John Oliver rips the NCAA for not paying athletes

In a 20-minute segment on the eve of the NCAA’s marquee event, the NCAA Tournament, “Last Week Tonight” host John Oliver roasted the NCAA for their money-grab while still refusing to pay the athletes.

Oliver started with the heavily sponsored NCAA tournament and went beyond, ripping the NCAA for their hypocrisy of how they justify their stance by promoting the notion of the “student-athlete” and trying to make it seem as though only a few schools make money off of sports.

Among the criticisms Oliver discussed were:

  • Everything in the NCAA tournament is branded, including the ladder used to cut down the nets after the championship game. This leads to more than $US1.0 billion in ad revenue, more than the Super Bowl (“Pretty soon, the only thing left to sponsor will be the sponsorships themselves.”).
  • NCAA President Mark Emmert consistently supporting the position of not paying players because they are athletes, not employees (“The only other people that say ‘they’re not employees’ that much are people who run illegal sweatshops out of their basements.”).
  • The hypocrisy of saying athletes are “paid” in the form of an education even though they have to commit so much time to their team and sport (“Paying top college athletes with an education is kind of like telling a full-time nurse, ‘there’s no salary for this job. We’re just going to be giving you free trumpet lessons, which you will be too busy to do. But if you don’t learn to play the trumpet, you’re fired.'”).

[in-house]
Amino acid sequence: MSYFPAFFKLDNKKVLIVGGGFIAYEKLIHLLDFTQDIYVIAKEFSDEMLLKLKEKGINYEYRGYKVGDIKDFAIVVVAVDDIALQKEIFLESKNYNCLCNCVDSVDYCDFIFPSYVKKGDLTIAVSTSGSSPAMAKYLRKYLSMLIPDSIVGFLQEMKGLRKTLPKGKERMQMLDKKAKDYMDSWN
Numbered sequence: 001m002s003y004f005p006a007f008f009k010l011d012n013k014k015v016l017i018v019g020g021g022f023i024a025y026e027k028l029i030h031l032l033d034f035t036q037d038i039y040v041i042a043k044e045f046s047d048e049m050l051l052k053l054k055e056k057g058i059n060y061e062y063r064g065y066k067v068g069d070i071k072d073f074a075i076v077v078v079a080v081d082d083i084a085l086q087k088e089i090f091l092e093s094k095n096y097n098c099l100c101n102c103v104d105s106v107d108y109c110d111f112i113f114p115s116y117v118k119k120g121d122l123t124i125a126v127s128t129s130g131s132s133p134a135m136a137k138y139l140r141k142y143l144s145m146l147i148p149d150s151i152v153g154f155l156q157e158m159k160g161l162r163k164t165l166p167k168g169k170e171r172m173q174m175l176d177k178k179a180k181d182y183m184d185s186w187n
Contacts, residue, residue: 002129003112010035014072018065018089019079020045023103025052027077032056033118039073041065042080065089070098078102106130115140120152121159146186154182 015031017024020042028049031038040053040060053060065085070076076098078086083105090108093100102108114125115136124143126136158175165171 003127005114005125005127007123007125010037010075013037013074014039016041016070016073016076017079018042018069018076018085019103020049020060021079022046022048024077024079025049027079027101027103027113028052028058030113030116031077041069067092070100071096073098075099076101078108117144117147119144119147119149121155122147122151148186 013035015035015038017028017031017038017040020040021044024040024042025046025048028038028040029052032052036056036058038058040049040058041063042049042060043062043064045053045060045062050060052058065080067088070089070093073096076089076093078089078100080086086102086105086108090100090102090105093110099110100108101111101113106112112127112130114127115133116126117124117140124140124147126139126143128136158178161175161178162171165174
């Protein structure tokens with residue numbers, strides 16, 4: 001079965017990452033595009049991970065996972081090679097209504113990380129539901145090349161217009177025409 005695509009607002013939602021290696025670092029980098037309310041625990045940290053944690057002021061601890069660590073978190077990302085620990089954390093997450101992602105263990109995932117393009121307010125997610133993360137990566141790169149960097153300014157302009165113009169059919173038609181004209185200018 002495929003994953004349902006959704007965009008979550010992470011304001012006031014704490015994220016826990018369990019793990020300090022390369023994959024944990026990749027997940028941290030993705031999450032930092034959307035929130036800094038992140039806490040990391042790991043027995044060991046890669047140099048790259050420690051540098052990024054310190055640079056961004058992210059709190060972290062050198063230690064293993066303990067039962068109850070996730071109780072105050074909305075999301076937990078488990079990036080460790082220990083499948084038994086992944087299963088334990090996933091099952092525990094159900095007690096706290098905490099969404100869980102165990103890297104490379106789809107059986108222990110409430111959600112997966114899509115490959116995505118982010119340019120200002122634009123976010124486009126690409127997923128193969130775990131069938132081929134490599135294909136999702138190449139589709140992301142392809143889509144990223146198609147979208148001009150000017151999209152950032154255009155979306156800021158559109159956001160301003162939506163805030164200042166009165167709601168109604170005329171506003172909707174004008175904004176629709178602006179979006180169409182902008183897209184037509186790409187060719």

• The pettiness of many NCAA rules which have led to at least one player saying he would go to sleep hungry (“‘Hunger Games’ should take place annually in a dystopian future, not every March, sponsored by Coca-Cola, on CBS.”).
  • The NCAA claiming only a few schools make money off of athletics even though many schools haveĀ  extravagent spending habits (e.g. facilities, coaches’ salaries) just to keep from turning a profit (“I never thought I’d say this, but Alabama, stop showing off your ostentatious wealth, OK?”)
  • Very few college athletes actually go pro (“If you are an athlete that dreams of being a (Minnesota) Viking or a (Washington)Wizard, you probably have about the same chance of becoming an actual viking or an actual wizard.”)

Oliver ended the segment by summing up the biggest issue, that everybody is making money except the players:

“Nobody is saying they need to be paid millions, or hundreds of thousands, or the same amount, or even that every school has to pay every athlete. But to everyone zero, when the kid selling their jersey at the campus bookstore gets $US10 an hour, seems a little bit strange. And if it truly is about the romance of amateurism, that’s fine. Give up the sponsorships, and the TV deals, stop paying the coaches, and have the teams run by an asthmatic anthropology professor with a whistle.”

Here is the full video:

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